Noin-Ula burial site

The Noin-Ula burial site (Mongolian: Ноён уулын булш, Noyon uulyn bulsh, also Noyon Uul) consist of more than 200 large burial mounds, approximately square in plan, some 2 m in height, covering timber burial chambers. They are located by the Selenga River in the hills of northern Mongolia north of Ulaan Baatar in Batsumber sum of Tov Province. They were excavated in 1924–1925 by Pyotr Kozlov, who found them to be the tombs of the aristocracy of the Xiongnu;[1] one is an exceptionally rich burial of a historically known ruler of the Xiongnu, Wuzhuliu, who died in 13 CE. Most of the objects from Noin-Ula are now in the Hermitage Museum in Russia, while some artifacts unearthed later by Mongolian archaeologists are on display in the National Museum of Mongolian History, Ulaan Baatar. Two kurgans contained lacquer cups inscribed with Chinese characters believed to be the names of Chinese craftsmen, and dated September 5 year of Tsian-ping era, i.e. 2nd year BCE.

Noin-Ula burial site
Noin-Ula burial site is located in Continental Asia
Noin-Ula burial site
Shown within Continental Asia
Noin-Ula burial site is located in Mongolia
Noin-Ula burial site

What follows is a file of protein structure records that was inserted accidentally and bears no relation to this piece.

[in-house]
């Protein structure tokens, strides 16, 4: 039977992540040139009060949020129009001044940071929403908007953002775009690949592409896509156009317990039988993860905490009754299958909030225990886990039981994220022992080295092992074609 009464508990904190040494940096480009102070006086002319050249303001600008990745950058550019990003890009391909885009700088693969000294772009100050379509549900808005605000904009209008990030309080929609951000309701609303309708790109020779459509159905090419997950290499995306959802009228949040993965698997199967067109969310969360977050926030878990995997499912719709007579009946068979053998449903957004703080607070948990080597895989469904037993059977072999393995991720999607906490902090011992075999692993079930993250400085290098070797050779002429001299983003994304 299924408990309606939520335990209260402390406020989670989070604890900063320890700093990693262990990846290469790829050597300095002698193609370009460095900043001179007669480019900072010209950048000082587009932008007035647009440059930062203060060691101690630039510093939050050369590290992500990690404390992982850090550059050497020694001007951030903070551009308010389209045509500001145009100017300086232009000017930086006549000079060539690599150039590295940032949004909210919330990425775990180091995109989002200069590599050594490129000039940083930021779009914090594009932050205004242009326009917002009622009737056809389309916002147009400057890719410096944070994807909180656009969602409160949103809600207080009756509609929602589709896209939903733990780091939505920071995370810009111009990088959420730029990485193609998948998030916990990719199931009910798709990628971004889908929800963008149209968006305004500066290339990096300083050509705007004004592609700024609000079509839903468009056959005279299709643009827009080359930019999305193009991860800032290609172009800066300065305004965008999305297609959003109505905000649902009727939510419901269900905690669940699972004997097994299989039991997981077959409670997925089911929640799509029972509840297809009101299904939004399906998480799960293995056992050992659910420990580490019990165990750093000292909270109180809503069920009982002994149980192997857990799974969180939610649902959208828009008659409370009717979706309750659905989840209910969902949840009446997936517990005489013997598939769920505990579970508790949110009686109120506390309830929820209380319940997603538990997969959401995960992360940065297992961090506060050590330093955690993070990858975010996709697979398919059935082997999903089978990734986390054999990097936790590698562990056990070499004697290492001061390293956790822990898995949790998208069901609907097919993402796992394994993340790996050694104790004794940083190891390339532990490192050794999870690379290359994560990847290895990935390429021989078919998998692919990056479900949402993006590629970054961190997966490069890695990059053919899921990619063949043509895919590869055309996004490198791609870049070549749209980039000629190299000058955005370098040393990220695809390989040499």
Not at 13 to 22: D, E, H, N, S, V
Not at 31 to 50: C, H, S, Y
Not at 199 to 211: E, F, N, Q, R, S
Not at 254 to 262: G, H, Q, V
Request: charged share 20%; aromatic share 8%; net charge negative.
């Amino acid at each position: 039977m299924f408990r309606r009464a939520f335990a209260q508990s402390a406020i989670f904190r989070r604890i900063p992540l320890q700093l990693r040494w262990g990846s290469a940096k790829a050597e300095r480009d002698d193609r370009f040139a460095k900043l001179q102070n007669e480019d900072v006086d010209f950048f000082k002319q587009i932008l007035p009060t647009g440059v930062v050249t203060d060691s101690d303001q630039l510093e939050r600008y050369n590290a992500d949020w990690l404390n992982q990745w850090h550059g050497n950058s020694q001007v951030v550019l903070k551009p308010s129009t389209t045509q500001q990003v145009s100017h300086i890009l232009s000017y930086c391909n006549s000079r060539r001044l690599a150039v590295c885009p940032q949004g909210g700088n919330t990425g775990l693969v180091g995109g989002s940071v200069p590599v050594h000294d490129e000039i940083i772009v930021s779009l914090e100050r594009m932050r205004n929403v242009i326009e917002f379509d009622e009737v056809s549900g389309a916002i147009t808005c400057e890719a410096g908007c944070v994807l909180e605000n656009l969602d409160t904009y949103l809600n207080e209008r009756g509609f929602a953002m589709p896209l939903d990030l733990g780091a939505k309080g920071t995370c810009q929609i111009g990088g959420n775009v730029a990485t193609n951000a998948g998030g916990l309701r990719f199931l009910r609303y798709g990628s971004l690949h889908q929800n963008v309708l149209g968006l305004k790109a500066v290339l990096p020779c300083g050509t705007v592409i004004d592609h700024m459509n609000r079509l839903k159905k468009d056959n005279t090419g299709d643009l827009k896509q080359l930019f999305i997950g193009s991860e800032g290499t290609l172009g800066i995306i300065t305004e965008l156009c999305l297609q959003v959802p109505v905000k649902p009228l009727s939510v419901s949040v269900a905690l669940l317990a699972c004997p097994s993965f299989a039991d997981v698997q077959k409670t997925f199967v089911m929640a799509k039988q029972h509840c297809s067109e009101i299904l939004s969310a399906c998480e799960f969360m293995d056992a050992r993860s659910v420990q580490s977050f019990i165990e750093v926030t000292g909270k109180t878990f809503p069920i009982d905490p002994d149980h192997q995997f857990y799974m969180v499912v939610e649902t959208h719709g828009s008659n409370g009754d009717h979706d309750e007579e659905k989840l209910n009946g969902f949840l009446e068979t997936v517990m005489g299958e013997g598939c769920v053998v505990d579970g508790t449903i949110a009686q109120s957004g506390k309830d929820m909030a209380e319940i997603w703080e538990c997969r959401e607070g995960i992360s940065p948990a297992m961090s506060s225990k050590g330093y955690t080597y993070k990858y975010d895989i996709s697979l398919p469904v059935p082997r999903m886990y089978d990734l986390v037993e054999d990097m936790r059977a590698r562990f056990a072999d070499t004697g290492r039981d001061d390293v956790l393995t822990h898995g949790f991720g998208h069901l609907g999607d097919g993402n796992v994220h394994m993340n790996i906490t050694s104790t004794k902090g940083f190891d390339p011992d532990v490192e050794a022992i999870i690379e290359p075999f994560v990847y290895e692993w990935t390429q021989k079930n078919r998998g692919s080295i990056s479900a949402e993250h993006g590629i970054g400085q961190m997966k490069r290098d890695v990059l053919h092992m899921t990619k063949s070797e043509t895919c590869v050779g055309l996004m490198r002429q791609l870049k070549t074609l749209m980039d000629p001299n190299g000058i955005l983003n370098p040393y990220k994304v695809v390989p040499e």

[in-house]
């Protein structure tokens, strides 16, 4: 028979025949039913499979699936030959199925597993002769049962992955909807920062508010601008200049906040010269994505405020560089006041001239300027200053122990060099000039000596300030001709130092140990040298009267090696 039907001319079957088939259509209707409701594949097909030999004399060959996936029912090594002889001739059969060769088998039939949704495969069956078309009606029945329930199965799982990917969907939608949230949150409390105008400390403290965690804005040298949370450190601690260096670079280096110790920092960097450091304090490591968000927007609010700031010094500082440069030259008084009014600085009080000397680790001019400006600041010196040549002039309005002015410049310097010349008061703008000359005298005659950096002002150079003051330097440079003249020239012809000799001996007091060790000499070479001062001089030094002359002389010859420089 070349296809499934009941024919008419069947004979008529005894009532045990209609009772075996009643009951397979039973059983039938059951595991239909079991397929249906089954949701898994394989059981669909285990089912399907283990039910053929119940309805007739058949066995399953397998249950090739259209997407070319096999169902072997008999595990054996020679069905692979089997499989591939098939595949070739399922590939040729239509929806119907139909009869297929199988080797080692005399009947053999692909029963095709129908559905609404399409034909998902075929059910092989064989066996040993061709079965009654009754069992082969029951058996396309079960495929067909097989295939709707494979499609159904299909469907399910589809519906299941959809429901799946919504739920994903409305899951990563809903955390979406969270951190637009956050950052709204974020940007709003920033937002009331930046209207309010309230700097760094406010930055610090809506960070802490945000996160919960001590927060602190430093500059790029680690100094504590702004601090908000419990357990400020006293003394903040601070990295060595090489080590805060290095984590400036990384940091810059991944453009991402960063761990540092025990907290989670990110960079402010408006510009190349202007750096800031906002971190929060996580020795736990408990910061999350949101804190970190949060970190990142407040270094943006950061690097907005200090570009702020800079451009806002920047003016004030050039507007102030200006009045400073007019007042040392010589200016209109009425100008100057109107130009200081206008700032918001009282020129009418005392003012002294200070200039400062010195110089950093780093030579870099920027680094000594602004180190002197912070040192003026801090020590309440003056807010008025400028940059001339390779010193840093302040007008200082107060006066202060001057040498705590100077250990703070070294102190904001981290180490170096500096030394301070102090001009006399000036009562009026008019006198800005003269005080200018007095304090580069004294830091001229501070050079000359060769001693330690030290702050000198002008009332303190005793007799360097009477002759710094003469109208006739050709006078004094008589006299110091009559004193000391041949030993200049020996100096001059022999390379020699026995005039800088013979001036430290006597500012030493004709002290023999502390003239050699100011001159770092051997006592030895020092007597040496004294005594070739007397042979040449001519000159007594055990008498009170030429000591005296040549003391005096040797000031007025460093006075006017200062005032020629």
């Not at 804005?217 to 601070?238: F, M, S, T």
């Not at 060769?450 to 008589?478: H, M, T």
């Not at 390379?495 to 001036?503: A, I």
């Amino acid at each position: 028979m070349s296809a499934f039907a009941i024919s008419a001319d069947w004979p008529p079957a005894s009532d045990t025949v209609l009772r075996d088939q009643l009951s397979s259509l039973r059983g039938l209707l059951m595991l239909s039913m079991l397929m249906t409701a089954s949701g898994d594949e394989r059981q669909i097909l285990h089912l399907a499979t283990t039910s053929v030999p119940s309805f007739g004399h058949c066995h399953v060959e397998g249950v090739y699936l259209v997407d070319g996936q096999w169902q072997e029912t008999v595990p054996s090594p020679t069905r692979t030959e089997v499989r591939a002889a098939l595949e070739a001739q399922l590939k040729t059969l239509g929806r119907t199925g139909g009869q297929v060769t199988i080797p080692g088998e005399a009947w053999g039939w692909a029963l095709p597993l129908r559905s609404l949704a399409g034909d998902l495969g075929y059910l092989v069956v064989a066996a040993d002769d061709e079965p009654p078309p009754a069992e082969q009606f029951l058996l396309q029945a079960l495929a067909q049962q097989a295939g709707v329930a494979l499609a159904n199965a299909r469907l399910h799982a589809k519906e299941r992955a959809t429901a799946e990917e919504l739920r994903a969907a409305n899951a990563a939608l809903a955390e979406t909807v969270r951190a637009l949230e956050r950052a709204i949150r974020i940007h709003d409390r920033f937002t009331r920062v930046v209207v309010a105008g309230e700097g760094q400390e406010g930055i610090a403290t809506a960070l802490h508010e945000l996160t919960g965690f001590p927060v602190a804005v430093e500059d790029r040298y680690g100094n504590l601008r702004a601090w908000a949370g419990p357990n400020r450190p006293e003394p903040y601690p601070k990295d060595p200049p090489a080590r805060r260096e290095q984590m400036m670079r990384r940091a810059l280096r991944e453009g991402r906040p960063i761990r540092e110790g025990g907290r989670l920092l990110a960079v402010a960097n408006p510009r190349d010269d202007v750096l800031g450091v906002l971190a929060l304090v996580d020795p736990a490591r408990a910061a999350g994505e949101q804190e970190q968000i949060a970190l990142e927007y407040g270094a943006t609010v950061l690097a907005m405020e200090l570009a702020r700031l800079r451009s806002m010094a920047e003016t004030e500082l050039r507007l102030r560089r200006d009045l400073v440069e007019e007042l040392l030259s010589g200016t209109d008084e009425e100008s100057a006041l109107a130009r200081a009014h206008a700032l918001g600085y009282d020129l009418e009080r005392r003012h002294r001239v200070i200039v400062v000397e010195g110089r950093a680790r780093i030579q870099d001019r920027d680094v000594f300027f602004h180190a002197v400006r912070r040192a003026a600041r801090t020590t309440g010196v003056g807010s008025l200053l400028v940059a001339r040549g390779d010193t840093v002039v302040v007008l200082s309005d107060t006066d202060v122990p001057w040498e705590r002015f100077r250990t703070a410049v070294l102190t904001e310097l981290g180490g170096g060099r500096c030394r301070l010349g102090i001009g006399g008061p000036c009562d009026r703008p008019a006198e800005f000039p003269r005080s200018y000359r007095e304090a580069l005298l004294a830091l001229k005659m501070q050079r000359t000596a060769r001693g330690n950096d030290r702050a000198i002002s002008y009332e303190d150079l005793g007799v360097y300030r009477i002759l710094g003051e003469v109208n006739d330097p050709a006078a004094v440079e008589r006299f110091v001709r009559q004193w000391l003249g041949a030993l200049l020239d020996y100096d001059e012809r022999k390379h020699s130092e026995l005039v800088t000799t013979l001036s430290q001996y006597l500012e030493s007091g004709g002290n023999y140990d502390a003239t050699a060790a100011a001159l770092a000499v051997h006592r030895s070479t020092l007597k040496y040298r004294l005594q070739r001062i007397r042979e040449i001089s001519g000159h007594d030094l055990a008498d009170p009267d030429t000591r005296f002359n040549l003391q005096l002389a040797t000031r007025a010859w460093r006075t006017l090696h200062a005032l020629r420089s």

Noin-Ula burial site (Mongolia)
Alternative nameNoin-Ula burial site
LocationBatsumber sum of Tov Province
Coordinates48°23′10.4″N 106°45′17.9″E / 48.386222°N 106.754972°E / 48.386222; 106.754972
TypeBurial site
Periods1st century BCE-1st century CE


The Noin-Ula burial site was first discovered in the spring of 1913 by Andrei Ballod, a Russian geologist doing survey work for a new gold-mining company.[2] After discovering a number of already dug mounds, Ballod assumed they were old goldworkings and excavated one, uncovering a number of artifacts.[2] Realizing the importance of his find, he sent some of the artifacts to the Imperial Russian Geological Society.[2] While the find was recognized as significant, nothing was done for eleven years due to the chaos of the First World War and subsequent revolutions in Russia and Mongolia.[3]

In 1924, Pyotr Kozlov was alerted to the find by a member of Ballod's team.[3] After a colleague, Sergei Kondratiev, confirmed that the find was a major discovery, Kozlov changed his plans and eventually excavated eight mounds at the Noin-Ula site.[3]